The Effectiveness, Benefits and Costs of High School Interventions to Promote Postsecondary Outcomes
*Names in bold indicate Presenter
The increased prevalence of jobs requiring a postsecondary credential has highlighted the need for evidence of programs that prepare high school students for college efficiently and effectively. As gaps in postsecondary attainment have persisted over time, schools have adopted interventions that focus particularly on struggling students and students who are traditionally underrepresented in higher education, seeking to both increase rates and decrease disparities in college enrollment and degree attainment. What is often lacking, however, is clear evidence of program effectiveness, information about the costs (and monetary benefits) of these programs, and a clear connection between the research on these programs and the practitioners who see the programs in action.
This panel brings together four papers studying two types of high school interventions targeting two distinct high school student populations: traditionally underrepresented students who seek accelerated path through college, and students who need supplemental support to become college ready.
The first pair of papers study the longer-term impact and the cost-benefit of Early College (EC) high schools on college enrollment and degree attainment. The impact study follows participants in a randomized admissions lottery for 10 years after Grade 9 entry, estimating impacts of ECs on college enrollment and degree attainment by comparing outcomes between students who won and lost the admissions lottery. Using detailed financial data from schools, districts, universities, and the Integrated Postsecondary Education Data System, the second paper examines the costs of ECs and compares these costs to the personal and societal monetary benefits of ECs.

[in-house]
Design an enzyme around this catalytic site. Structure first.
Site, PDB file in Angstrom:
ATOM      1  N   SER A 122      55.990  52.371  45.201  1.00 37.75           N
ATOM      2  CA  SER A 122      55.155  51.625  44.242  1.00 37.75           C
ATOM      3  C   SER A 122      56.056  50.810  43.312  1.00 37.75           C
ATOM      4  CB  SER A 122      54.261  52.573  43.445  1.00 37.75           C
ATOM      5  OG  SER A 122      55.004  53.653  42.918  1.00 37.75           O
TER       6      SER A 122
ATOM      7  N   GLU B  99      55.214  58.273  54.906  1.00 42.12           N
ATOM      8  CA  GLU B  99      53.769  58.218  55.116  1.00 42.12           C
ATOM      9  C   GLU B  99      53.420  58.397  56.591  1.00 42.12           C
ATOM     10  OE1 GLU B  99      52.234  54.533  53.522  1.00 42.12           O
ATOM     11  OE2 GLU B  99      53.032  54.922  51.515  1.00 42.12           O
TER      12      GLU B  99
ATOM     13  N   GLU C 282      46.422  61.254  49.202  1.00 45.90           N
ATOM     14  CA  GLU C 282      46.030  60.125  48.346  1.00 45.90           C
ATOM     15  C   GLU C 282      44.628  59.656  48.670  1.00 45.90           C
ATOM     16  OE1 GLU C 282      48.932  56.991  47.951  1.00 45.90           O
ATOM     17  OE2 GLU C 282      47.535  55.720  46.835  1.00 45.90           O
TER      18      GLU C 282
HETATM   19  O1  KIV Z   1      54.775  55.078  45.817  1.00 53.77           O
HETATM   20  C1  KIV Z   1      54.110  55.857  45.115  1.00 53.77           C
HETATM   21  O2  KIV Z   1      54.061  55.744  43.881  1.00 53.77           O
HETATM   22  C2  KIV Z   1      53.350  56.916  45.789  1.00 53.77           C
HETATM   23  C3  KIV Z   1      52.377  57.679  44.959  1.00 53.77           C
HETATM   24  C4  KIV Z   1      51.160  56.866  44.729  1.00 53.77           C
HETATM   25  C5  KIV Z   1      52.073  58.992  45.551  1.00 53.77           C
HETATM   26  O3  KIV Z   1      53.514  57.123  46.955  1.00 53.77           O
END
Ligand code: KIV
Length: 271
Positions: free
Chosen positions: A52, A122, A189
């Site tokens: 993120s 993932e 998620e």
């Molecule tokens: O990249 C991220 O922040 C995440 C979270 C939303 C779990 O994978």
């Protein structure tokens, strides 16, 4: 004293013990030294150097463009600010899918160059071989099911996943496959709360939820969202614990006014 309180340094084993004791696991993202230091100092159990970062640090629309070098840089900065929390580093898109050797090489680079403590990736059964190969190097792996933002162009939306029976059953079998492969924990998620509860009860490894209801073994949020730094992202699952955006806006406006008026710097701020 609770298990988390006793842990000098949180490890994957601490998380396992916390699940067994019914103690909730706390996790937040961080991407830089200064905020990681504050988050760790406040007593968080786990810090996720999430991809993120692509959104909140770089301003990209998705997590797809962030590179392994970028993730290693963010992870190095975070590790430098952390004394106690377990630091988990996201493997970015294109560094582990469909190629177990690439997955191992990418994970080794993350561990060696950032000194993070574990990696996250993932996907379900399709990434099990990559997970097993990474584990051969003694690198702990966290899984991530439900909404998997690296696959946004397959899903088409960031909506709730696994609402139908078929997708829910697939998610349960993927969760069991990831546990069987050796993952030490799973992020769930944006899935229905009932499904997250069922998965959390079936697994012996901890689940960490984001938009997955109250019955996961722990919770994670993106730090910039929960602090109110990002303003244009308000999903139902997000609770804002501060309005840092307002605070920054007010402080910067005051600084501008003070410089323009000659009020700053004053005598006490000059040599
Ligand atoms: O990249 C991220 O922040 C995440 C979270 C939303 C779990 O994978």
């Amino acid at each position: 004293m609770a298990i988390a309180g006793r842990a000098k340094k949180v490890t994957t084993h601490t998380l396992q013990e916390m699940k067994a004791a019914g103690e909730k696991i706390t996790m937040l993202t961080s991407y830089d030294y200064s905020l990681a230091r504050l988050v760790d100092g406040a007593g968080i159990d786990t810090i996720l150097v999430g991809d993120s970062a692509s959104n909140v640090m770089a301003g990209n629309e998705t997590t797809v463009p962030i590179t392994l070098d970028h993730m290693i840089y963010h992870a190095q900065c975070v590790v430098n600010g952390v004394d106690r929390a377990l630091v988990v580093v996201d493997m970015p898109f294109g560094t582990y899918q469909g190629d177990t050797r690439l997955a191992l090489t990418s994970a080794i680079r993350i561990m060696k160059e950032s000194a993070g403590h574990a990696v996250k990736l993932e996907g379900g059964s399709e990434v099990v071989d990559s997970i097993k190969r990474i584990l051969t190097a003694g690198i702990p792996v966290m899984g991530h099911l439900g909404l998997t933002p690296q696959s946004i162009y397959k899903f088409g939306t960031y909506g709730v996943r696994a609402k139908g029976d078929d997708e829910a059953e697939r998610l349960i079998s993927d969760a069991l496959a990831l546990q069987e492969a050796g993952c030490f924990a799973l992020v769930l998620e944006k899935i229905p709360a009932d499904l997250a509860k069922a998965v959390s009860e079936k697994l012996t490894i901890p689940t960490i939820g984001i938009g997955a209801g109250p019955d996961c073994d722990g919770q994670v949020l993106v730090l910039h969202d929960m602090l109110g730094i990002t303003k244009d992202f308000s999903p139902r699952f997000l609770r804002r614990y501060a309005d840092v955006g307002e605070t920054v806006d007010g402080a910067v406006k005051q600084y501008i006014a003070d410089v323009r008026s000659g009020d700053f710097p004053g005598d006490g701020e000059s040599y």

The second pair of papers study the impact and the cost-effectiveness of the Kentucky Targeted Interventions (TI) program, an important component of that state’s comprehensive system of education reform and commitment to college- and career-readiness for all students. In 2014-15 and 2015-16, the program required students in Kentucky’s public education system who were deemed to need additional support in reading, writing and/or mathematics to be referred to targeted instructional interventions. To estimate the causal effect of the TI program on a variety of post-secondary outcomes, the study employs a regression discontinuity design that uses scores on diagnostic tests to determine which students were required to take one or more targeted interventions. The second paper is dedicated to calculating the costs involved in delivering targeted intervention services and measuring the cost-effectiveness of the TI program.
Highlighting the research-practice connection, this panel includes discussants who are practitioners who have observed these interventions on the ground. Denver Public Schools has worked with Jobs for the Future to provide EC opportunities for their students. Tara Schneider, the Early College Expansion manager for Denver Public Schools, will discuss implications of the first pair of papers for practitioners as well as for the feasibility of scaling up the EC model in other geographic settings. Aaron Butler from the Office of the Commissioner of Education, Kentucky Department of Education, is a Harvard Strategic Data Project Fellow and has been monitoring the implementation and evaluation of various Kentucky education initiatives, including the TI program.